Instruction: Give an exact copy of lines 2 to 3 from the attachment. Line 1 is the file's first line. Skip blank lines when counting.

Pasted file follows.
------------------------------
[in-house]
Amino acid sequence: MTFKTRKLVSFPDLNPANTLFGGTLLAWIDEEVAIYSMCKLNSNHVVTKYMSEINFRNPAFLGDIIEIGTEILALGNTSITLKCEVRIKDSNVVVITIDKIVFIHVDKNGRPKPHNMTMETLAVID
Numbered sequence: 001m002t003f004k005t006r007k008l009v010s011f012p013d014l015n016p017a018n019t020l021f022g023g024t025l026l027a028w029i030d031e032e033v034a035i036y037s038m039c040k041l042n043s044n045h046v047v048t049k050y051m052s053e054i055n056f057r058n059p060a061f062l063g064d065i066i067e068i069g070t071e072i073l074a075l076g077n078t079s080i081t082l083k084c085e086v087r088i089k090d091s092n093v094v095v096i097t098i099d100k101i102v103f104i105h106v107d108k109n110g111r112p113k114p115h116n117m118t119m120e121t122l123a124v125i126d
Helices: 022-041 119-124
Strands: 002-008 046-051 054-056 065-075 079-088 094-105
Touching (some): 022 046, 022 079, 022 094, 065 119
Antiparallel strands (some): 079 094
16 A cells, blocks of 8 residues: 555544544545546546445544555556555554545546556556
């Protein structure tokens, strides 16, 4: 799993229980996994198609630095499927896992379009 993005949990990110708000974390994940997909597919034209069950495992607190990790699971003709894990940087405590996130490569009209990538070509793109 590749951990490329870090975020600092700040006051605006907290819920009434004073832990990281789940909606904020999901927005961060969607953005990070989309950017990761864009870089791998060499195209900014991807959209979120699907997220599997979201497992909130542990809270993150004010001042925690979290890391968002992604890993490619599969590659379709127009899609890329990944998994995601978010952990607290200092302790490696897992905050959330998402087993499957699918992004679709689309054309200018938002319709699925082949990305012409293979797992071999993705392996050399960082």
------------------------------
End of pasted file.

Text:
Amino acid sequence: MTFKTRKLVSFPDLNPANTLFGGTLLAWIDEEVAIYSMCKLNSNHVVTKYMSEINFRNPAFLGDIIEIGTEILALGNTSITLKCEVRIKDSNVVVITIDKIVFIHVDKNGRPKPHNMTMETLAVID
Numbered sequence: 001m002t003f004k005t006r007k008l009v010s011f012p013d014l015n016p017a018n019t020l021f022g023g024t025l026l027a028w029i030d031e032e033v034a035i036y037s038m039c040k041l042n043s044n045h046v047v048t049k050y051m052s053e054i055n056f057r058n059p060a061f062l063g064d065i066i067e068i069g070t071e072i073l074a075l076g077n078t079s080i081t082l083k084c085e086v087r088i089k090d091s092n093v094v095v096i097t098i099d100k101i102v103f104i105h106v107d108k109n110g111r112p113k114p115h116n117m118t119m120e121t122l123a124v125i126d